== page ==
May 6

George Orson Welles was born in 1915 in Kenosha, Wisconsin. He was an actor, director, writer, and producer in theater, radio, and film. His is best remembered for The War of the Worlds radio broadcast in 1938 and the film Citizen Kane (1941). The American Film Institute ranks Citizen Kane as the number one film. Other major films that he directed include The Magnificent Ambersons (1942), Touch of Evil (1958), and The Trial (1962). His personal life was filled with three marriages, one of which was to Rita Hayworth and he was intimate with actress Dolores del Rio. Welles died in 1985 of a heart attack shortly after doing an interview with Merv Griffin. He was 70 years old.

Baseball player Willie Mays (the “Say Hey Kid”) was born in Westfield, Alabama in 1931. He is one of the all-time greats in baseball and played for the Giants and the Mets. He was elected to the Baseball Hall of Fame in 1979, after having played from 1951 – 1973. Mays won two MVP awards in the National League, played in 24 All-Star games and finished with 660 career homeruns. As a center fielder, he won 12 Gold Gloves for his defensive skills. Mays is second on The Sporting News’s 100 Greatest Baseball Players list. On April 30, 1961, he hit four homeruns in one game. His number 24 jersey is retired by the San Francisco Giants. Mays is credited with "The Catch."

Rubin “Hurricane” Carter was born Clifton, New Jersey in 1937. He was a middleweight boxer who was wrongly convicted of murder in 1966 and spent almost 20 years in prison. Carter and a friend were arrested for a triple homicide committed in a bar in Paterson, NJ.  When police searched their car, they found ammunition that would fit the murder weapon. No fingerprints at the crime scene were taken. The pair were twice convicted in 1967 and 1976, but the second conviction was overturned in 1985. Carter’s story inspired the Bob Dylan song “Hurricane.” Carter died on April 20, 2014 in Toronto, Canada.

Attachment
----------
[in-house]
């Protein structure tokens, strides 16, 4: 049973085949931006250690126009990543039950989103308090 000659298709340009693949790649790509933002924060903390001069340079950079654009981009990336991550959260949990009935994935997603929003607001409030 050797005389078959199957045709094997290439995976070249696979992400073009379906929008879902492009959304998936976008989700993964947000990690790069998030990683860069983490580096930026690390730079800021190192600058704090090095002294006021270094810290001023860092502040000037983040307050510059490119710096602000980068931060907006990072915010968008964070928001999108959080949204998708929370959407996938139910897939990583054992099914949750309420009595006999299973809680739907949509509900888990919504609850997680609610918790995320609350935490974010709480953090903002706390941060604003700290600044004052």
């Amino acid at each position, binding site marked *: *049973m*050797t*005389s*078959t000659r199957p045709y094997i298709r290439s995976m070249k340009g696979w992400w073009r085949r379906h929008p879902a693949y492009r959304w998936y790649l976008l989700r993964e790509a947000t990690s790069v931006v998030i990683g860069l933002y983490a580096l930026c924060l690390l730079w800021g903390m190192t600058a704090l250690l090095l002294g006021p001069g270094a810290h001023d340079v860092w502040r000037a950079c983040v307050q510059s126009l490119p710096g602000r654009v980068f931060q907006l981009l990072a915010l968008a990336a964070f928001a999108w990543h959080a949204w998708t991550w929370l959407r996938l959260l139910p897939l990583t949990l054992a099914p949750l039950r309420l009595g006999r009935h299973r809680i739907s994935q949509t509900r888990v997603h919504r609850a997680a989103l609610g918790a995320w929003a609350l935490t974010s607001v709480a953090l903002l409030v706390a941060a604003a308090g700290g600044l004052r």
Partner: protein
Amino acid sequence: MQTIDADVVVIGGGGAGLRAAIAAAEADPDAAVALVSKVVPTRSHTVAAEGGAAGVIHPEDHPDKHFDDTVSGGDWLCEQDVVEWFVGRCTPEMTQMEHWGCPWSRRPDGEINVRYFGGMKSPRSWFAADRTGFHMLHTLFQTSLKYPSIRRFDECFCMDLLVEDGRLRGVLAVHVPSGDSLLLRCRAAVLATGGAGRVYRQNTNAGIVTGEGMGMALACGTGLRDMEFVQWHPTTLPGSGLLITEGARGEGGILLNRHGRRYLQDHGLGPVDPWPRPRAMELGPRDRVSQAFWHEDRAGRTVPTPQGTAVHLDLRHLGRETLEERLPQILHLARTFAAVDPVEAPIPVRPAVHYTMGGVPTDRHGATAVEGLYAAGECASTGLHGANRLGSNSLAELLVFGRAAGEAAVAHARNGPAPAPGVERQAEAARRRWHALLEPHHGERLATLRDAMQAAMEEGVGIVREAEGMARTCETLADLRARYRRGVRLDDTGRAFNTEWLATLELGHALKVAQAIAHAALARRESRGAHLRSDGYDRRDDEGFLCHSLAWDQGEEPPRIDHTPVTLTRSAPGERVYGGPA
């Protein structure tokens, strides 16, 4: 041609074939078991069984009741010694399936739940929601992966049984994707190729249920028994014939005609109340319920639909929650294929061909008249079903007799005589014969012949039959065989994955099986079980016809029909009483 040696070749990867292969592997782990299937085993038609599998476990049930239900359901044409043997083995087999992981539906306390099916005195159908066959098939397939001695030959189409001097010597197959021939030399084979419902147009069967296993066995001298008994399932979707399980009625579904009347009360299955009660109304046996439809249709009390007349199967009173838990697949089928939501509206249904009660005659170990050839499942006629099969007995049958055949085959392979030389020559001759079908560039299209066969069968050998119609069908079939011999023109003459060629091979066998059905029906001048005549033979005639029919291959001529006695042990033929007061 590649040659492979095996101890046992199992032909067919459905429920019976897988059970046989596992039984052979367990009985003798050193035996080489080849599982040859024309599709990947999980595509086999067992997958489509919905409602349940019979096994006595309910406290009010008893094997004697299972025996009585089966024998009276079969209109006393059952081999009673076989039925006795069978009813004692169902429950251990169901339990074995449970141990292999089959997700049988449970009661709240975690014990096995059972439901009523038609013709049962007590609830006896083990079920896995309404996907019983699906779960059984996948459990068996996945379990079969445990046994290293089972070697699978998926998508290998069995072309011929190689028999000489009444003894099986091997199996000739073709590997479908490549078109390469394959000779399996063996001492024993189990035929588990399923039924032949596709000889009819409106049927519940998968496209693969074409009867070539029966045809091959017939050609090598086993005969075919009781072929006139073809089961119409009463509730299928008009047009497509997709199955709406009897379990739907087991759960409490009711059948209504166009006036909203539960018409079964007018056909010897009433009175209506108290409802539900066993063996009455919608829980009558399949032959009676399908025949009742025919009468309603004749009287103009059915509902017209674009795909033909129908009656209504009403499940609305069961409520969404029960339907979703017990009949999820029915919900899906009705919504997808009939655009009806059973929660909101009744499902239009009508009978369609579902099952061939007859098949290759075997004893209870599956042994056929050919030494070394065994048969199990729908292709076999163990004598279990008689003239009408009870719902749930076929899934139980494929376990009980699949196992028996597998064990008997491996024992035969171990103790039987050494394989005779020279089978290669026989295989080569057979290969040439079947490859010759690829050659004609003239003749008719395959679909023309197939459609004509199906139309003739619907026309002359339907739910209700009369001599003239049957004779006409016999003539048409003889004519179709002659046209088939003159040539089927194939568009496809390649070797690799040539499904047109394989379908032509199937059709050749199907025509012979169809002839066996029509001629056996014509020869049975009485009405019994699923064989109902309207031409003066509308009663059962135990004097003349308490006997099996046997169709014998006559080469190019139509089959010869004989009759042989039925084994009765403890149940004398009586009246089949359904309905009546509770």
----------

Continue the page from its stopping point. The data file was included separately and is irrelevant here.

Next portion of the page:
In 1983, the West German news magazine, Stern, had published what had been purported to be the diaries of Adolf Hitler. They turned out to be forgeries. The magazine had paid 3.8 million dollars for sixty small books, plus another one that detailed the flight of Rudolf Hess to Britain. The diaries supposedly had been smuggled out of East Germany and were supposedly authenticated that the handwriting belonged to Hitler. As it turned out, much of the text turned out to be excerpts from various Hitler speeches. Further handwriting experts declared them to be forgeries and the forgers were eventually sentenced to 42 months in prison.

The Chunnel Tunnel was officially opened in 1994 with a ceremony attended by Queen Elizabeth II and Francois Mitterand, the president of France. The Chunnel is 31.4 miles long and connects Calais with Dover across the English Channel. At its lowest point, the Chunnel is 250 beneath the surface of the water. The high–speed Eurostar passenger train carries people and vehicles between the United Kingdom and the rest of Europe. Construction began in 1988 and cost 4.6 billion pounds, 80% over budget. Fires and cold weather have plagued the Chunnel and it has been a conduit for illegal immigration.

Larry Moskal began his career as a Social Studies teacher in 1971. He graduated from the University of Buffalo with degrees in history and education. Larry taught Social Studies for the Ken-Ton School system, a suburban school system north of Buffalo, New York until 2005, and then taught and was the Dean of Students at San Miguel High School in Tucson. At Ken-Ton, he pioneered several online courses for high school students. In the 1980s, he spent three years teaching in Colombia, South America and spent four years at Lewiston-Porter High School. He currently is the PowerSchool Administrator for San Miguel accomplishing his work over the Internet.